Claire Denis’ loopy, tongue-in-cheek romantic comedy “Let the Sunshine In” stars Juliette Binoche as Isabelle, a contemporary French artist who becomes nearly obsessed with her search for love. Or lust. Whichever is within reach.
Isabelle jumps from one lover’s arms to another’s like there’s hot lava on the floor, and they are her safehaven of dry land. And dry so many of them are. The first is Vincent (actor-filmmaker Xavier Beauvois), a married banker with a jealous streak who negs Isabelle like he took a weekend course from The Pickup Artist. In one scene at a bar, he fills her up with backhanded compliments about how great it is that she feels comfortable doing such frivolous things like making art, while he tasks the bartender with completing arbitrary requests, like setting down a bottle of Perrier in exactly the right way.
Luckily, Isabelle ditches this guy, but she’s not single for long. Another lover — also married — quickly gets under her skin when what begins as an artists’ work meeting turns very personal very quickly. The guy (Nicolas Duvauchelle, Denis’ “White Material”) is an actor and is consistently referred to as simply “L’acteur.” Over the course of a single beer, he delivers an unprompted and seemingly endless monologue about all of his violent fugue states and “bad-boy” tendencies as Isabelle just waits for her turn to talk.
This multi-scene courtship is painful to watch, because both characters neurotically dance around their attraction to one another in a manner that manifests itself into hostility and anger, and so both won’t shut up, even though they’re not really saying anything at all, until they finally ravage one another, and Isabelle says what I was feeling myself: “God, I thought the talking would never end.”
But L’acteur is no good, either. Isabelle longs for something real but continually seeks out the fiction, the relationship that’s bound to blow up in her face. She’s got a perfectly good choice of a man in Francois (Laurent Grévill, Denis’ “Bastards”), with whom she has a child, but this is a woman whose enemy is perfection; she’s addicted to the beginning of a relationship but instinctively runs at the first sign of trouble, even if the trouble is something she’s manufactured herself. Isabelle is the friend you must convince that every happy couple endures hard times.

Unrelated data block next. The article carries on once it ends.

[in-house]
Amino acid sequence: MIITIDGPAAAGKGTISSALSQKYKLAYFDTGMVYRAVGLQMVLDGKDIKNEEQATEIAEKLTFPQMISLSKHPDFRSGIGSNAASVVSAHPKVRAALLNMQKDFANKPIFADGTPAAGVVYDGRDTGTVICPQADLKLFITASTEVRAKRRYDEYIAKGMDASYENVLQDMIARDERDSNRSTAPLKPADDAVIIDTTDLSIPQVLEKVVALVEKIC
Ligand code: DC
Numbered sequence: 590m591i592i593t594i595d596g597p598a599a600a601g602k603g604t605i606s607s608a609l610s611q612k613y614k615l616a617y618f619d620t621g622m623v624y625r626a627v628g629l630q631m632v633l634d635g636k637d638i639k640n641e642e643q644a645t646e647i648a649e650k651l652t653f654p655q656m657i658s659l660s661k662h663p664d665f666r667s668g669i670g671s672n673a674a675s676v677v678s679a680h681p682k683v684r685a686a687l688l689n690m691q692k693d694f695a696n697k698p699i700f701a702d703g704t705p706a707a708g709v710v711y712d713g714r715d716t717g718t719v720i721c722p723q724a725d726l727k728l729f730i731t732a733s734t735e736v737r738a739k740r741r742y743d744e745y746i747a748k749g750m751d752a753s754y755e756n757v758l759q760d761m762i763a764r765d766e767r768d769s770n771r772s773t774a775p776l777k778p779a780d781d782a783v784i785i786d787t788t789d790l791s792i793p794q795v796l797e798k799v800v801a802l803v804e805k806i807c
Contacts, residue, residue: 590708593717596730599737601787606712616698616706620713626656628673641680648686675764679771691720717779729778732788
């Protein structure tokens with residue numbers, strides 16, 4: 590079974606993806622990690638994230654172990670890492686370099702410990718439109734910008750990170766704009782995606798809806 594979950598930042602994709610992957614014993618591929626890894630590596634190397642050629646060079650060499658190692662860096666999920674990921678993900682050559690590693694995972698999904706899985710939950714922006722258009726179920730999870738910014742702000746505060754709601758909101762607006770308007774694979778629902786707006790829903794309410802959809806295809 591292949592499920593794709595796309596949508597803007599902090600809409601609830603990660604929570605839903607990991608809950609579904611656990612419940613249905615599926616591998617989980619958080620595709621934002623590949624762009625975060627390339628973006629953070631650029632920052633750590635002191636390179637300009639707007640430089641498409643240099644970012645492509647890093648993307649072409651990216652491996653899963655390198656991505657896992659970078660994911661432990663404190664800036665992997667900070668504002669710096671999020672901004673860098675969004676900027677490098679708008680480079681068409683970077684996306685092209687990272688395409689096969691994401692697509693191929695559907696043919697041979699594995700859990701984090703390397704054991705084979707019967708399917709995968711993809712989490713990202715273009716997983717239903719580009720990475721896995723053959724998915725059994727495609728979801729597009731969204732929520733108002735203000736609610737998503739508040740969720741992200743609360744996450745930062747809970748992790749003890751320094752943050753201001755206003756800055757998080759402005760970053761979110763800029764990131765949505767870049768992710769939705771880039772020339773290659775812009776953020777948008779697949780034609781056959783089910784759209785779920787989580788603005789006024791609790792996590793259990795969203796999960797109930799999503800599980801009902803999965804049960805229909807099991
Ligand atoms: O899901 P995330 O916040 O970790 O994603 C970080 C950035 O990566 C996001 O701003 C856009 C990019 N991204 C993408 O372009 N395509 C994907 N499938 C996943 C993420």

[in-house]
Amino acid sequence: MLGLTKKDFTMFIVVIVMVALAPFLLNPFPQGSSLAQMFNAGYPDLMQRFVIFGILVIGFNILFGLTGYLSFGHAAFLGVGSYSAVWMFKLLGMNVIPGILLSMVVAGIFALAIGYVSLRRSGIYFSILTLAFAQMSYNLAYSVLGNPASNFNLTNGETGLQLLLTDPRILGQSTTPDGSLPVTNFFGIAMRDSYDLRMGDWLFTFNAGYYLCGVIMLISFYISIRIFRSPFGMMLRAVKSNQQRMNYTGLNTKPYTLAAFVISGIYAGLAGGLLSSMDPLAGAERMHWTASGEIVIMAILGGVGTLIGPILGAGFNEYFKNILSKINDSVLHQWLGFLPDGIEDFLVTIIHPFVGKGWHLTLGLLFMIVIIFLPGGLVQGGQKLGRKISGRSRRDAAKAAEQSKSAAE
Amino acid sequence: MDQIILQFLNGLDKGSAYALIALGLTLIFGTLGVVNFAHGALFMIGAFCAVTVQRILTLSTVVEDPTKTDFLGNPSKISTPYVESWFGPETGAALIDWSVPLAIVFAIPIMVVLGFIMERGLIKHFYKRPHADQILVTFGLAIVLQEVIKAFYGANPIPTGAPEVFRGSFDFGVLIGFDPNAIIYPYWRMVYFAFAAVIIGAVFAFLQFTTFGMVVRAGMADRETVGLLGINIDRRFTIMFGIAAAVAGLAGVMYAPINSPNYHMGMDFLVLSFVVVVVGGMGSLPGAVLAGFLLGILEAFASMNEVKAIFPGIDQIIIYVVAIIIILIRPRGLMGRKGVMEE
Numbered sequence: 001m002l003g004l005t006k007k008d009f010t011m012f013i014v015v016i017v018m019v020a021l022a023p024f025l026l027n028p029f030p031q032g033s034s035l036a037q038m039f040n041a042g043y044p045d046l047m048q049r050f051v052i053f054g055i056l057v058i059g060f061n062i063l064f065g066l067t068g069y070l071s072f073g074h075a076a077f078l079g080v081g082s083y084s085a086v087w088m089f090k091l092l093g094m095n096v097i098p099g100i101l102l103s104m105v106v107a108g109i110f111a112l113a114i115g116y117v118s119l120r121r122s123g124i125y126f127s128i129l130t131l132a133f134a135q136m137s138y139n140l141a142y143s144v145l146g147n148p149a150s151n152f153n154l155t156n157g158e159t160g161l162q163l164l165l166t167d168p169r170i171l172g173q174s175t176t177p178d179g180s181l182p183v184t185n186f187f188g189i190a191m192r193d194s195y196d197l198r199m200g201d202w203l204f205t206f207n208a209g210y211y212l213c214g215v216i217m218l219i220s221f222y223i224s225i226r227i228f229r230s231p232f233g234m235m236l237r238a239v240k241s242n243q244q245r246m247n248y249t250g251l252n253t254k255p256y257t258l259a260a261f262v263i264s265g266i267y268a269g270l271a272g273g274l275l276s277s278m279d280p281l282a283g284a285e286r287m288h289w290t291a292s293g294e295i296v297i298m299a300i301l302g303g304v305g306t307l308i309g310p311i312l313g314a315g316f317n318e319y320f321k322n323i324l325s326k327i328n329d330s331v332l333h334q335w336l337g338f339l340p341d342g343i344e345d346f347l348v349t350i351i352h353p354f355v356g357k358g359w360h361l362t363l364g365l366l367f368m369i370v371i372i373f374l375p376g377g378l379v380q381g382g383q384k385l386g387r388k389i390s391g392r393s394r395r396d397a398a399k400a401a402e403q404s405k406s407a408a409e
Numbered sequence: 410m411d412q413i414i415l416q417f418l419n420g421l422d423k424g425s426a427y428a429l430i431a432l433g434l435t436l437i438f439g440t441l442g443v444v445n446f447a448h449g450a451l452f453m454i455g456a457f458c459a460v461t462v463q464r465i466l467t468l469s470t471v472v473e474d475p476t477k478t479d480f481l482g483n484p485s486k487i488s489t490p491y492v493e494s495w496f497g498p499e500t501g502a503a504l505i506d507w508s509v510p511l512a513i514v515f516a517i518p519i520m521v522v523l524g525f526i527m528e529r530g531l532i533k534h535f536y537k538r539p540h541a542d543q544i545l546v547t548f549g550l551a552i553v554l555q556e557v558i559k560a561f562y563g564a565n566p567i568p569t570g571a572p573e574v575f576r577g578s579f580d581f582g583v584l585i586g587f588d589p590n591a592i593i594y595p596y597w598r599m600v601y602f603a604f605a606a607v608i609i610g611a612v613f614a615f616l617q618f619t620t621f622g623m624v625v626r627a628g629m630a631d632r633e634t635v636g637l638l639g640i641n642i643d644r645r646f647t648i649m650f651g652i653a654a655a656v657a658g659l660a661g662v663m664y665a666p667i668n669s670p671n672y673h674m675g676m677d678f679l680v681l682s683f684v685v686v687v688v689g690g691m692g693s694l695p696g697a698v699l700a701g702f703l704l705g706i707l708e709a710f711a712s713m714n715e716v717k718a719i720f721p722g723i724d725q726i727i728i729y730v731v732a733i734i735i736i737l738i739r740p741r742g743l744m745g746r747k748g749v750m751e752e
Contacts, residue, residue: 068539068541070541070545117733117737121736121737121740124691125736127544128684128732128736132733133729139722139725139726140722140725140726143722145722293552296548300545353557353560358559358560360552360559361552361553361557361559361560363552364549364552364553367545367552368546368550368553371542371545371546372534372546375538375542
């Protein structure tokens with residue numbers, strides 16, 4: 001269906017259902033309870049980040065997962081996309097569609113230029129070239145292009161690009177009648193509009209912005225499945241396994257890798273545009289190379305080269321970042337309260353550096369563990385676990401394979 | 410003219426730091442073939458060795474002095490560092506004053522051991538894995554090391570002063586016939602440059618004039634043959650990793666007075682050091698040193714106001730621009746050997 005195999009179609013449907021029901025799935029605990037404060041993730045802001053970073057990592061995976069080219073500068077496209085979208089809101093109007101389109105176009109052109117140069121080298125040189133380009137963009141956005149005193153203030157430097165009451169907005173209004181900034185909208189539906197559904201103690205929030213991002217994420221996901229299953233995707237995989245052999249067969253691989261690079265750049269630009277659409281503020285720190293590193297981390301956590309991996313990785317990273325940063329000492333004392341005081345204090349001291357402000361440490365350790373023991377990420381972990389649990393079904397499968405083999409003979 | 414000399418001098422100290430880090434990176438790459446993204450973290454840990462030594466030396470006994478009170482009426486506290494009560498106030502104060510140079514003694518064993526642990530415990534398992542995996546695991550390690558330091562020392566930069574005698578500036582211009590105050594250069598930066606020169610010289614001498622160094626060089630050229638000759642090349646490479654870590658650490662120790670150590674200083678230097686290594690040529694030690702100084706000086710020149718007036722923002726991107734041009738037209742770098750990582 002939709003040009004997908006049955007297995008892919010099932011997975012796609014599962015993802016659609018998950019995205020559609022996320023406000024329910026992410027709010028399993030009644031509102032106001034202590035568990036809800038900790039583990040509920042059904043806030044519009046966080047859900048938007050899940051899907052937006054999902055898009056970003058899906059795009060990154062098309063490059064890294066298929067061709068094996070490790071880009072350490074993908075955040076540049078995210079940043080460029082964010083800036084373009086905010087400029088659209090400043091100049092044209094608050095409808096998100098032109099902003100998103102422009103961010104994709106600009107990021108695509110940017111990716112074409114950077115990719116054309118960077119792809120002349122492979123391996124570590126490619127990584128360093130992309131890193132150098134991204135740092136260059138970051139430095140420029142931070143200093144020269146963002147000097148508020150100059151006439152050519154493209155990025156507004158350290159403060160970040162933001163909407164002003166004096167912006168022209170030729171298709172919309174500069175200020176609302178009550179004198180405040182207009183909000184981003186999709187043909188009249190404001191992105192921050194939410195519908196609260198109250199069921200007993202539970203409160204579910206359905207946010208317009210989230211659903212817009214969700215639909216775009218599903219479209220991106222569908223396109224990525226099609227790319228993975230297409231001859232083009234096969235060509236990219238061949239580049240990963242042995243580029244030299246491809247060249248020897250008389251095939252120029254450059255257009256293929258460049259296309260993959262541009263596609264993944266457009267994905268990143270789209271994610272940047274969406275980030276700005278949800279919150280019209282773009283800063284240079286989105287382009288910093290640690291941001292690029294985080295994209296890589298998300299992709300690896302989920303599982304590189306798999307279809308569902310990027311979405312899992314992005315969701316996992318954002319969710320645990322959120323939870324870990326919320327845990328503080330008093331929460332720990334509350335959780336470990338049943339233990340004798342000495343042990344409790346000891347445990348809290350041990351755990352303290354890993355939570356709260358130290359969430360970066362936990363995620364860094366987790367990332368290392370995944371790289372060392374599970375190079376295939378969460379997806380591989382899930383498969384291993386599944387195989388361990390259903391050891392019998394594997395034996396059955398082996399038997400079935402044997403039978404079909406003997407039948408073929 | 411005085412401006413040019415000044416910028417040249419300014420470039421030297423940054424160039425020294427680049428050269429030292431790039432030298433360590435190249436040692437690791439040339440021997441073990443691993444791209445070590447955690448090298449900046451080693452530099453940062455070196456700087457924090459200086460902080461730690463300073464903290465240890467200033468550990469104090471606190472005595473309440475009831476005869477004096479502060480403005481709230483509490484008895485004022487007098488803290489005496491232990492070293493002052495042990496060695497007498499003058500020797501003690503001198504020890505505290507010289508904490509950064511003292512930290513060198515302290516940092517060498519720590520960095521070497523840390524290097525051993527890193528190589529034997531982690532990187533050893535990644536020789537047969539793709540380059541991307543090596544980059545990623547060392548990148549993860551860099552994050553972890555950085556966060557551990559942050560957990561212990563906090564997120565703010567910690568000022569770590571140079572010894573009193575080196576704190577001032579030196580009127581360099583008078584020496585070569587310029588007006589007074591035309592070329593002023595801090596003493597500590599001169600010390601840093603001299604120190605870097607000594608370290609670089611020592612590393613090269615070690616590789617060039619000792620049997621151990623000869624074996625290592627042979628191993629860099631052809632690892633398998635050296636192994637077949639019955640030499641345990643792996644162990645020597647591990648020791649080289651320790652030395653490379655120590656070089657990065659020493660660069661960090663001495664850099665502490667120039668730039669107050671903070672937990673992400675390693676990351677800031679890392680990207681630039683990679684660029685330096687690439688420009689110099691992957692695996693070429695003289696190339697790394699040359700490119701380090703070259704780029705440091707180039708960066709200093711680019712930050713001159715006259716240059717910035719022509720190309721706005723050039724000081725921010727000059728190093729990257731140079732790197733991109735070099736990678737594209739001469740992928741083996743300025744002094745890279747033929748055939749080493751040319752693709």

The cracks begin to show in Isabelle’s pleasant façade when she accepts an invitation for a trip into the country. In one pivotal moment, she loses it on an hours-long property tour, screaming and howling for the inane conversation to stop, but nobody seems to care, as they all have a great time later at the bar. She’s mercurial, and this film is as much a statement about the temperament of artists as it is about love. An artist can fly off the handle in rage, and yet her friends think nothing of this emotion, which is sure to be as fleeting as her romances.
The only cardinal sin an artist can commit, according to Isabelle’s artist friends, is being with someone who is not also an artist, who would never understand this impetuous lifestyle. When Isabelle sleeps with a man who sweeps her off her feet at a bar and then has him move in with her, the artist community is in a panic: Has this guy even painted anything before?
And though Gérard Dépardieu only shows up for the finale of the film, as a psychic truth-teller, he’s the perfect tag to this story, this personal quest of Isabelle’s that shows absolutely no signs of ending anytime soon. Of course she goes to the psychic. Of course she wants him to give her an easy answer (one she will inevitably ignore or contradict after a while anyway), a way to predict the future and cut out the hard parts of learning and growing.
Binoche being in her 50s also brings more meaning to this film, which showcases the fact that the manic search for connection one feels in their 20s doesn’t just disappear with age. There’s no magical time when a person suddenly feels satisfied and does not wonder if possibly there is more to life and love than the day-in, day-out doldrums.
When films are made about straight men in this predicament, they’re often considered explorations of a “midlife crisis,” but Denis’ film poses the questions: What if crises aren’t limited to a certain age, and what if love itself is the crisis?